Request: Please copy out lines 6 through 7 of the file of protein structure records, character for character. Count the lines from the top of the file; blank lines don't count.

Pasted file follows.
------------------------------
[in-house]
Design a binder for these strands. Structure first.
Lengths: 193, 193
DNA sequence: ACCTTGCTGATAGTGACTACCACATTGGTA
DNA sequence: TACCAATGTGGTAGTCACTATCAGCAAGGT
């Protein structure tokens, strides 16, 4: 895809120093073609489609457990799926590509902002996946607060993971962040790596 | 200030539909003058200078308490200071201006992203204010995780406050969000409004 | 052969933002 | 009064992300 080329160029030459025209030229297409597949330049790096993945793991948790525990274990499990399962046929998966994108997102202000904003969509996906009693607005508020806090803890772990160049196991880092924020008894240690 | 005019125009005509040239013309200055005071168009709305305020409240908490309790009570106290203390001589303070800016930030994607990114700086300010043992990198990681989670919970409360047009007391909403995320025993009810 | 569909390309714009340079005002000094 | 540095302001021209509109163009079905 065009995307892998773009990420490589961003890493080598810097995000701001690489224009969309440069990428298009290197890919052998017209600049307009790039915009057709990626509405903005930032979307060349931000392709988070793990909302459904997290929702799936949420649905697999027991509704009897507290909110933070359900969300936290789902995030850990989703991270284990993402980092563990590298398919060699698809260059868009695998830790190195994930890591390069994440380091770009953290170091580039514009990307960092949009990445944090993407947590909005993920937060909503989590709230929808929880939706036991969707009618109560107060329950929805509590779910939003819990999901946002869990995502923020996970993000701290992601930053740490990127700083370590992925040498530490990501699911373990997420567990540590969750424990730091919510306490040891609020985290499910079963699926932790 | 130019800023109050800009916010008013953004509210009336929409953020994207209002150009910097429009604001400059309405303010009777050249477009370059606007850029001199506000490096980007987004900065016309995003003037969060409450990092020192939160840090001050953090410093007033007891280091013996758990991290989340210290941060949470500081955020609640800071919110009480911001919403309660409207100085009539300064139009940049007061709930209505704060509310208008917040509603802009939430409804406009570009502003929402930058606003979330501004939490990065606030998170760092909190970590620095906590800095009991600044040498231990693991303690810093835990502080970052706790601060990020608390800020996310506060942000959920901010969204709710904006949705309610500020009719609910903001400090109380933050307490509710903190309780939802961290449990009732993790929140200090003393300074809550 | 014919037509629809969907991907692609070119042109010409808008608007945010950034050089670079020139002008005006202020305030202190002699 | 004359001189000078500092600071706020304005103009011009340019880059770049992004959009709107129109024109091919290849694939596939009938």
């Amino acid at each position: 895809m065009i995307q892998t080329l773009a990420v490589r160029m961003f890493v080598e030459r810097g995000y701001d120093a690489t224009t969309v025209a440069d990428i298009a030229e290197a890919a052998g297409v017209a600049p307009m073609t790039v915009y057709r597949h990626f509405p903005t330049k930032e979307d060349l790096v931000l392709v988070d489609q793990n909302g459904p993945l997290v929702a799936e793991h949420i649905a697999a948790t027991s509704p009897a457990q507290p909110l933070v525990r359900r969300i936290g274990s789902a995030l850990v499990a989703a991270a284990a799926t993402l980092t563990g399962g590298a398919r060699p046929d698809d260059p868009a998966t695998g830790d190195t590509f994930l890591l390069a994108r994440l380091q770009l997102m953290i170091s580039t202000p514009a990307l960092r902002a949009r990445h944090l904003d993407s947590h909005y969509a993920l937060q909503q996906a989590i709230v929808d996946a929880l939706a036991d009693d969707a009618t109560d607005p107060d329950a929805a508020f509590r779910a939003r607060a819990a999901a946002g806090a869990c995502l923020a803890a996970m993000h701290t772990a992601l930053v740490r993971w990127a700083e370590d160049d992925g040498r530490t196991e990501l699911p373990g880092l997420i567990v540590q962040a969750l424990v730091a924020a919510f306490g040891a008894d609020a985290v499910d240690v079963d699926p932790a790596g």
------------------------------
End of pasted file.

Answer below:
């Protein structure tokens, strides 16, 4: 895809120093073609489609457990799926590509902002996946607060993971962040790596 | 200030539909003058200078308490200071201006992203204010995780406050969000409004 | 052969933002 | 009064992300 080329160029030459025209030229297409597949330049790096993945793991948790525990274990499990399962046929998966994108997102202000904003969509996906009693607005508020806090803890772990160049196991880092924020008894240690 | 005019125009005509040239013309200055005071168009709305305020409240908490309790009570106290203390001589303070800016930030994607990114700086300010043992990198990681989670919970409360047009007391909403995320025993009810 | 569909390309714009340079005002000094 | 540095302001021209509109163009079905 065009995307892998773009990420490589961003890493080598810097995000701001690489224009969309440069990428298009290197890919052998017209600049307009790039915009057709990626509405903005930032979307060349931000392709988070793990909302459904997290929702799936949420649905697999027991509704009897507290909110933070359900969300936290789902995030850990989703991270284990993402980092563990590298398919060699698809260059868009695998830790190195994930890591390069994440380091770009953290170091580039514009990307960092949009990445944090993407947590909005993920937060909503989590709230929808929880939706036991969707009618109560107060329950929805509590779910939003819990999901946002869990995502923020996970993000701290992601930053740490990127700083370590992925040498530490990501699911373990997420567990540590969750424990730091919510306490040891609020985290499910079963699926932790 | 130019800023109050800009916010008013953004509210009336929409953020994207209002150009910097429009604001400059309405303010009777050249477009370059606007850029001199506000490096980007987004900065016309995003003037969060409450990092020192939160840090001050953090410093007033007891280091013996758990991290989340210290941060949470500081955020609640800071919110009480911001919403309660409207100085009539300064139009940049007061709930209505704060509310208008917040509603802009939430409804406009570009502003929402930058606003979330501004939490990065606030998170760092909190970590620095906590800095009991600044040498231990693991303690810093835990502080970052706790601060990020608390800020996310506060942000959920901010969204709710904006949705309610500020009719609910903001400090109380933050307490509710903190309780939802961290449990009732993790929140200090003393300074809550 | 014919037509629809969907991907692609070119042109010409808008608007945010950034050089670079020139002008005006202020305030202190002699 | 004359001189000078500092600071706020304005103009011009340019880059770049992004959009709107129109024109091919290849694939596939009938």
């Amino acid at each position: 895809m065009i995307q892998t080329l773009a990420v490589r160029m961003f890493v080598e030459r810097g995000y701001d120093a690489t224009t969309v025209a440069d990428i298009a030229e290197a890919a052998g297409v017209a600049p307009m073609t790039v915009y057709r597949h990626f509405p903005t330049k930032e979307d060349l790096v931000l392709v988070d489609q793990n909302g459904p993945l997290v929702a799936e793991h949420i649905a697999a948790t027991s509704p009897a457990q507290p909110l933070v525990r359900r969300i936290g274990s789902a995030l850990v499990a989703a991270a284990a799926t993402l980092t563990g399962g590298a398919r060699p046929d698809d260059p868009a998966t695998g830790d190195t590509f994930l890591l390069a994108r994440l380091q770009l997102m953290i170091s580039t202000p514009a990307l960092r902002a949009r990445h944090l904003d993407s947590h909005y969509a993920l937060q909503q996906a989590i709230v929808d996946a929880l939706a036991d009693d969707a009618t109560d607005p107060d329950a929805a508020f509590r779910a939003r607060a819990a999901a946002g806090a869990c995502l923020a803890a996970m993000h701290t772990a992601l930053v740490r993971w990127a700083e370590d160049d992925g040498r530490t196991e990501l699911p373990g880092l997420i567990v540590q962040a969750l424990v730091a924020a919510f306490g040891a008894d609020a985290v499910d240690v079963d699926p932790a790596g």